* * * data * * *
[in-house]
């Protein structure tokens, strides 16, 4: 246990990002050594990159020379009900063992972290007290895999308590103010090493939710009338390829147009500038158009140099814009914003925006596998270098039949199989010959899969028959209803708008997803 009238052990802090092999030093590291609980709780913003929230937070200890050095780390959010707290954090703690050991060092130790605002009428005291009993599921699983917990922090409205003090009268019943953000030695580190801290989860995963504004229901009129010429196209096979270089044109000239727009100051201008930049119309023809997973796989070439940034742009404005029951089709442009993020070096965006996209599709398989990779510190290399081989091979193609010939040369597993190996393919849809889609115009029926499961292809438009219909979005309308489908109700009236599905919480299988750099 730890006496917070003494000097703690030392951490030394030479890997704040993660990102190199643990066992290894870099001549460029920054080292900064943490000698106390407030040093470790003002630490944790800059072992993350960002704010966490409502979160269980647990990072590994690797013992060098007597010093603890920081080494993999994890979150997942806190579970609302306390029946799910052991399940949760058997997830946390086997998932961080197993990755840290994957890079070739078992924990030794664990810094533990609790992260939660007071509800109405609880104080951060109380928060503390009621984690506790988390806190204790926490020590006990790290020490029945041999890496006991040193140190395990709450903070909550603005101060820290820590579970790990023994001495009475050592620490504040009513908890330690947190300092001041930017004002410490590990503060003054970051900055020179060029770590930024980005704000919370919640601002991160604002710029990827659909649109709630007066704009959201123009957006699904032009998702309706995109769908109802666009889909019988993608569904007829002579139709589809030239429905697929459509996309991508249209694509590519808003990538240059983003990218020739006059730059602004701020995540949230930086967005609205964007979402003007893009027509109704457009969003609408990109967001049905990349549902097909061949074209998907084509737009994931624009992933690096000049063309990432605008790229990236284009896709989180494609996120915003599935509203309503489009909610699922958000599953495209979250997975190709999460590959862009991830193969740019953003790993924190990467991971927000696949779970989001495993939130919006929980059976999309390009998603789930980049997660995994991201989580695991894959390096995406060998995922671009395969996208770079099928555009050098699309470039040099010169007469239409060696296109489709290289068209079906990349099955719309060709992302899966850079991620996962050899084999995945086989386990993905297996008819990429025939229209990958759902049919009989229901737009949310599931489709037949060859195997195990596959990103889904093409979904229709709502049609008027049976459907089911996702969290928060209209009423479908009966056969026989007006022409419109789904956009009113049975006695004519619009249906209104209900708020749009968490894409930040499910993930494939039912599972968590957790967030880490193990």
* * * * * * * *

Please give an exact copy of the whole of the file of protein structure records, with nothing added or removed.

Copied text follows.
[in-house]
């Protein structure tokens, strides 16, 4: 246990990002050594990159020379009900063992972290007290895999308590103010090493939710009338390829147009500038158009140099814009914003925006596998270098039949199989010959899969028959209803708008997803 009238052990802090092999030093590291609980709780913003929230937070200890050095780390959010707290954090703690050991060092130790605002009428005291009993599921699983917990922090409205003090009268019943953000030695580190801290989860995963504004229901009129010429196209096979270089044109000239727009100051201008930049119309023809997973796989070439940034742009404005029951089709442009993020070096965006996209599709398989990779510190290399081989091979193609010939040369597993190996393919849809889609115009029926499961292809438009219909979005309308489908109700009236599905919480299988750099 730890006496917070003494000097703690030392951490030394030479890997704040993660990102190199643990066992290894870099001549460029920054080292900064943490000698106390407030040093470790003002630490944790800059072992993350960002704010966490409502979160269980647990990072590994690797013992060098007597010093603890920081080494993999994890979150997942806190579970609302306390029946799910052991399940949760058997997830946390086997998932961080197993990755840290994957890079070739078992924990030794664990810094533990609790992260939660007071509800109405609880104080951060109380928060503390009621984690506790988390806190204790926490020590006990790290020490029945041999890496006991040193140190395990709450903070909550603005101060820290820590579970790990023994001495009475050592620490504040009513908890330690947190300092001041930017004002410490590990503060003054970051900055020179060029770590930024980005704000919370919640601002991160604002710029990827659909649109709630007066704009959201123009957006699904032009998702309706995109769908109802666009889909019988993608569904007829002579139709589809030239429905697929459509996309991508249209694509590519808003990538240059983003990218020739006059730059602004701020995540949230930086967005609205964007979402003007893009027509109704457009969003609408990109967001049905990349549902097909061949074209998907084509737009994931624009992933690096000049063309990432605008790229990236284009896709989180494609996120915003599935509203309503489009909610699922958000599953495209979250997975190709999460590959862009991830193969740019953003790993924190990467991971927000696949779970989001495993939130919006929980059976999309390009998603789930980049997660995994991201989580695991894959390096995406060998995922671009395969996208770079099928555009050098699309470039040099010169007469239409060696296109489709290289068209079906990349099955719309060709992302899966850079991620996962050899084999995945086989386990993905297996008819990429025939229209990958759902049919009989229901737009949310599931489709037949060859195997195990596959990103889904093409979904229709709502049609008027049976459907089911996702969290928060209209009423479908009966056969026989007006022409419109789904956009009113049975006695004519619009249906209104209900708020749009968490894409930040499910993930494939039912599972968590957790967030880490193990």